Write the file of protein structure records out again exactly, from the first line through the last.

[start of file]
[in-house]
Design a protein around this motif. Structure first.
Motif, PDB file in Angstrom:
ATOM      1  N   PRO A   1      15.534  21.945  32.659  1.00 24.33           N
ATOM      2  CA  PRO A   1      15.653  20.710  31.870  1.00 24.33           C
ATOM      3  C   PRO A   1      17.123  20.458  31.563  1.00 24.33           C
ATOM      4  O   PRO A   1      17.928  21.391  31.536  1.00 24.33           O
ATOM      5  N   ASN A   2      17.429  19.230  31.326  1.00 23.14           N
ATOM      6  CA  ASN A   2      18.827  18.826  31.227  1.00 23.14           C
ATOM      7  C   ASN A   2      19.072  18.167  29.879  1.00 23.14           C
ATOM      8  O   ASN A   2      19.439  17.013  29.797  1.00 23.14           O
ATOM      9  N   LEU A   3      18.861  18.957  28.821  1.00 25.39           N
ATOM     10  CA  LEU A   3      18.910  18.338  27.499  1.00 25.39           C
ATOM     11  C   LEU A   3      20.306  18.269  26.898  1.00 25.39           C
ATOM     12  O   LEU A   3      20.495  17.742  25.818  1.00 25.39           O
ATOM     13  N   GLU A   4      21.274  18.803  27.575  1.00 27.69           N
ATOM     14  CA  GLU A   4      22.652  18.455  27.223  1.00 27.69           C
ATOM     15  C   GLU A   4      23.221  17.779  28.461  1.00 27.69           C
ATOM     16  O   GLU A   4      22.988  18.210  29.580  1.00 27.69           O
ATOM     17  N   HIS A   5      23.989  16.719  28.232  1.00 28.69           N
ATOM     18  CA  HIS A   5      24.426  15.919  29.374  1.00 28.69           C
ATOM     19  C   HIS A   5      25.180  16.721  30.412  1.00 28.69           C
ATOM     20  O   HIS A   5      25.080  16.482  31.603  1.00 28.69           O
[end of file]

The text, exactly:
[in-house]
Design a protein around this motif. Structure first.
Motif, PDB file in Angstrom:
ATOM      1  N   PRO A   1      15.534  21.945  32.659  1.00 24.33           N
ATOM      2  CA  PRO A   1      15.653  20.710  31.870  1.00 24.33           C
ATOM      3  C   PRO A   1      17.123  20.458  31.563  1.00 24.33           C
ATOM      4  O   PRO A   1      17.928  21.391  31.536  1.00 24.33           O
ATOM      5  N   ASN A   2      17.429  19.230  31.326  1.00 23.14           N
ATOM      6  CA  ASN A   2      18.827  18.826  31.227  1.00 23.14           C
ATOM      7  C   ASN A   2      19.072  18.167  29.879  1.00 23.14           C
ATOM      8  O   ASN A   2      19.439  17.013  29.797  1.00 23.14           O
ATOM      9  N   LEU A   3      18.861  18.957  28.821  1.00 25.39           N
ATOM     10  CA  LEU A   3      18.910  18.338  27.499  1.00 25.39           C
ATOM     11  C   LEU A   3      20.306  18.269  26.898  1.00 25.39           C
ATOM     12  O   LEU A   3      20.495  17.742  25.818  1.00 25.39           O
ATOM     13  N   GLU A   4      21.274  18.803  27.575  1.00 27.69           N
ATOM     14  CA  GLU A   4      22.652  18.455  27.223  1.00 27.69           C
ATOM     15  C   GLU A   4      23.221  17.779  28.461  1.00 27.69           C
ATOM     16  O   GLU A   4      22.988  18.210  29.580  1.00 27.69           O
ATOM     17  N   HIS A   5      23.989  16.719  28.232  1.00 28.69           N
ATOM     18  CA  HIS A   5      24.426  15.919  29.374  1.00 28.69           C
ATOM     19  C   HIS A   5      25.180  16.721  30.412  1.00 28.69           C
ATOM     20  O   HIS A   5      25.080  16.482  31.603  1.00 28.69           O